E3: Earth's Environment of Edge: A Critical Analysis
E [Earth’s Environment on Edge]: An Critical Analysis
Dr. Prashant Mehta, Assistant Professor, Faculty of Science, National Law University, Jodhpur
In one sense earth’s environment has always been on the edge, and always will
be. It is just that the shortness of our lives and the narrowness of our perspective
on earth’s history mean that we are mostly unaware of change, which is
transforming the environment all around us day in and day out. This in turn is
putting pressure on sustainable ecosystem and matter cycles, to maintain
equilibrium and maintain itself.
Over millions of years of existence the earth’s environment has been on many
edges. There have been big hits from space, the changing relationship and
interaction between the Earth and the Sun, the slow movement of tectonic plates
on the earth's surface leading to natural disasters like tsunami, major volcanic
eruptions, recent earth quakes in Haiti with high intensity, global warming due to
build up of gases in atmosphere which is resulting in melting of glaciers, rising
sea levels, submersion of coast lines, threatning the very existence of small
islands nations like Maldives, and last but not the least is influence of life itself.
The tightly linked relationship between the living organisms and the natural
ecosystem on the earth's surface, works as a single self-regulating system,
tending to create and maintain the environmental equilibrium most favourable for
all. Time and over again the earth’s environment has tipped in many ways,
sometimes so violently that is has been detrimental to the ecosystem by targeting
the system and transforming in unusual ways that cannot be comprehended.
The idea may be hard to accept but the earth has never been in this situation
before. "The accelerating human transformation of the earth's environment is not
sustainable in long term. The usual way of dealing with the Earth's ecosystem is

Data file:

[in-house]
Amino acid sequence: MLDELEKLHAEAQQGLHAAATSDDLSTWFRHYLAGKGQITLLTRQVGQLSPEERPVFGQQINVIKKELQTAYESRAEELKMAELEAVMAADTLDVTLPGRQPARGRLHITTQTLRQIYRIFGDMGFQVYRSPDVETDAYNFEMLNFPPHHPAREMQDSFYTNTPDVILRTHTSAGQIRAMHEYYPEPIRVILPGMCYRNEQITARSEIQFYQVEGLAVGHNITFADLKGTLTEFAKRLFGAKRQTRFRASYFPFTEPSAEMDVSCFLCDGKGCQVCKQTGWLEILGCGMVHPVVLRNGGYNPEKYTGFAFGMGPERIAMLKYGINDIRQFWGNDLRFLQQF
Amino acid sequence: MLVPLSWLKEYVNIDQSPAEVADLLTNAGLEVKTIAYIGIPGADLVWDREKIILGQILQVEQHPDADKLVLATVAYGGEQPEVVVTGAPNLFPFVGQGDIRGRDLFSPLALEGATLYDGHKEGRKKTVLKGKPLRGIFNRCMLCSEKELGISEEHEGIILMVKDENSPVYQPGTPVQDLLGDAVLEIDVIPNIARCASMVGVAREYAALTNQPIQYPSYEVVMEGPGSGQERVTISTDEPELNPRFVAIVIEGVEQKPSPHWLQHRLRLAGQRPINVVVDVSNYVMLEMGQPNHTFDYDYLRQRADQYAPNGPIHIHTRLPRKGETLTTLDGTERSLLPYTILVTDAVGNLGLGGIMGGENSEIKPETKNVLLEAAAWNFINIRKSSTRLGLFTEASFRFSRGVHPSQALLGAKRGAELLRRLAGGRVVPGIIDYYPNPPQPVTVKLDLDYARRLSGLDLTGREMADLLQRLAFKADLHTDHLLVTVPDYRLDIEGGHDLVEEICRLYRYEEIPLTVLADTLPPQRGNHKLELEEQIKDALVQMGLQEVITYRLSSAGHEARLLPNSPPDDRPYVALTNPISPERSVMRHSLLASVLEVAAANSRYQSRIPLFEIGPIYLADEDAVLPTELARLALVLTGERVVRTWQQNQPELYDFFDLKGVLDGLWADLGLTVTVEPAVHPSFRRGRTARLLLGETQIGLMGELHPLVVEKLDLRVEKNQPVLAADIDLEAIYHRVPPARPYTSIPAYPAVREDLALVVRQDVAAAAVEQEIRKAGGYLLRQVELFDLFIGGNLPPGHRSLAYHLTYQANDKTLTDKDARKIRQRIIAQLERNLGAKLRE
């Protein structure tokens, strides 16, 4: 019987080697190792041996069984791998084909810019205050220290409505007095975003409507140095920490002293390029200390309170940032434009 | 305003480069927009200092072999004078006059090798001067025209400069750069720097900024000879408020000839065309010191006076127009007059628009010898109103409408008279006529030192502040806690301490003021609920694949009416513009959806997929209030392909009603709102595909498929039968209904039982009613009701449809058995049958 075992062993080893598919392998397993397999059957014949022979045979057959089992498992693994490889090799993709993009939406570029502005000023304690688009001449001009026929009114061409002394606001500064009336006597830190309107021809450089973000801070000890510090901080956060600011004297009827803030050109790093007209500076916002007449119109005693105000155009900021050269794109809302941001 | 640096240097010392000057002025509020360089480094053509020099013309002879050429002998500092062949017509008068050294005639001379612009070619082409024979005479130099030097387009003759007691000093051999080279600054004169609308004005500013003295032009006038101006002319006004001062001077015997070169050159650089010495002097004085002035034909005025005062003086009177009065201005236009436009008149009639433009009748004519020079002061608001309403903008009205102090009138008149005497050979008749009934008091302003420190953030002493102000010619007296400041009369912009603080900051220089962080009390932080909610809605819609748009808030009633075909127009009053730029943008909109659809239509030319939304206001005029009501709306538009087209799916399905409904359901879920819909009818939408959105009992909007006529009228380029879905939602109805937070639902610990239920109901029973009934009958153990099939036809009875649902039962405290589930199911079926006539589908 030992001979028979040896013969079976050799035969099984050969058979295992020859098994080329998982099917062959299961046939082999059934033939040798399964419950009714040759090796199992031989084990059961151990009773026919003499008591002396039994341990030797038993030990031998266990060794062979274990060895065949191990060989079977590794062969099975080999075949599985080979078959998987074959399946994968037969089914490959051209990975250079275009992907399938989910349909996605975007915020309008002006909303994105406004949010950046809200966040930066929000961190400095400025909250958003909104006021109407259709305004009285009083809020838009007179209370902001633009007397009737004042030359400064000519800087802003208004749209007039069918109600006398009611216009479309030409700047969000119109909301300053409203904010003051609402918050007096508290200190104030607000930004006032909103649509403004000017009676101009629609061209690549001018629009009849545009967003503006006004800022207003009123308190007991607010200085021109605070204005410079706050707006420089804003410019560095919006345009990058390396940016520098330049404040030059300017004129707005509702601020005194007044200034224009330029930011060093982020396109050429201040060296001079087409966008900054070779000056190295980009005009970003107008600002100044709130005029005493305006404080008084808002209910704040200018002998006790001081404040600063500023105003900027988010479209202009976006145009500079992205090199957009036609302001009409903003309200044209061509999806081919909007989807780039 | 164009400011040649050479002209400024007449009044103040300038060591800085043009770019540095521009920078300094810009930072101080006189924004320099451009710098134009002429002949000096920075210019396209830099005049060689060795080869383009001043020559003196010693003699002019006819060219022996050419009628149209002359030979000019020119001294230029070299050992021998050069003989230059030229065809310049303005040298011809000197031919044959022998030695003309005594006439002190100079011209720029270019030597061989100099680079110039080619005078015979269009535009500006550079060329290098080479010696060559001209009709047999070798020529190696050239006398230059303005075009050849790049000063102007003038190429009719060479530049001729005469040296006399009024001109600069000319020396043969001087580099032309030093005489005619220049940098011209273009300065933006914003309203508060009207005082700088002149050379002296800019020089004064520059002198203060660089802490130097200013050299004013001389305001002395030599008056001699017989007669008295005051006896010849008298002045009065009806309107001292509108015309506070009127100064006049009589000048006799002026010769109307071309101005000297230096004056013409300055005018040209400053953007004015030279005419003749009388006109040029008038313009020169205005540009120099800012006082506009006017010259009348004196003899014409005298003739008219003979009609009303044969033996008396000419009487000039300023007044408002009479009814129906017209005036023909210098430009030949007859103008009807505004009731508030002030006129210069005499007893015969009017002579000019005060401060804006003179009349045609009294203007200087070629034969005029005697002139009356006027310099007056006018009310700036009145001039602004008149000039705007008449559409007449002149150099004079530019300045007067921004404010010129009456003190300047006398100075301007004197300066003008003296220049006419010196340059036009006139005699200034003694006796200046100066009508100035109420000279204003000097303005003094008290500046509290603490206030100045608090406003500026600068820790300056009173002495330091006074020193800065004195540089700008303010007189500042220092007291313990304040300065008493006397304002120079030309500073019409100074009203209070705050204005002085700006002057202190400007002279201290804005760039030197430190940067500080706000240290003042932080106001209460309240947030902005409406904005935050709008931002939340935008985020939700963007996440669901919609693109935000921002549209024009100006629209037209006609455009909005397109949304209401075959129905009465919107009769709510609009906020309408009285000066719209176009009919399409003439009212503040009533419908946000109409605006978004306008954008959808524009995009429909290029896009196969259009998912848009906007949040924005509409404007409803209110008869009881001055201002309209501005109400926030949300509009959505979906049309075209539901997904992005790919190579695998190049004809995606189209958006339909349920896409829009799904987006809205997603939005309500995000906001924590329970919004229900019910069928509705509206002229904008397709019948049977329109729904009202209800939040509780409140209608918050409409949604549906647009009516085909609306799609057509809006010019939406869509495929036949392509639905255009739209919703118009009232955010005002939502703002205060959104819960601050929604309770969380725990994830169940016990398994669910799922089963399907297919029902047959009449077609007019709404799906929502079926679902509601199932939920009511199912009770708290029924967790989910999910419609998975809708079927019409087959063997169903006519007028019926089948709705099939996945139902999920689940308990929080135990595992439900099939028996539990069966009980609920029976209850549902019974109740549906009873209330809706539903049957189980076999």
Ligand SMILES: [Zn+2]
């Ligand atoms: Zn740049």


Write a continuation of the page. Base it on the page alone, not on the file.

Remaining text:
not an option anymore. It has to be addressed as soon as possible by effective
strategies and management systems to sustain the Earth's environment while
simultaneously meeting long term social and economic development objectives.
Although highly debated, a common definition of sustainability is: “Development
that meets the needs of the present without compromising the ability of future
generations to meet their own needs." A more in depth definition was given by
Roy F. Weston which states that: “Sustainable development is the process of
change in which the direction of investment, the orientation of technology, the
allocation of resources, the development and functioning of institutions to meet
present needs, and aspirations without endangering the capacity of natural
systems to absorb the effects of human activities, and without compromising the
ability of future generations to meet their own needs and aspirations."
Sustainability takes into account a long-term view of recognizing the interactions
between the environment, social justice, and economics. These three factors and
their relationship are often referred to as the triple bottom line is depicted in
graphic3 given below.
Analyzing the recent human history we can address this situation. At each stage
in the development of current society, the impact on environment has increased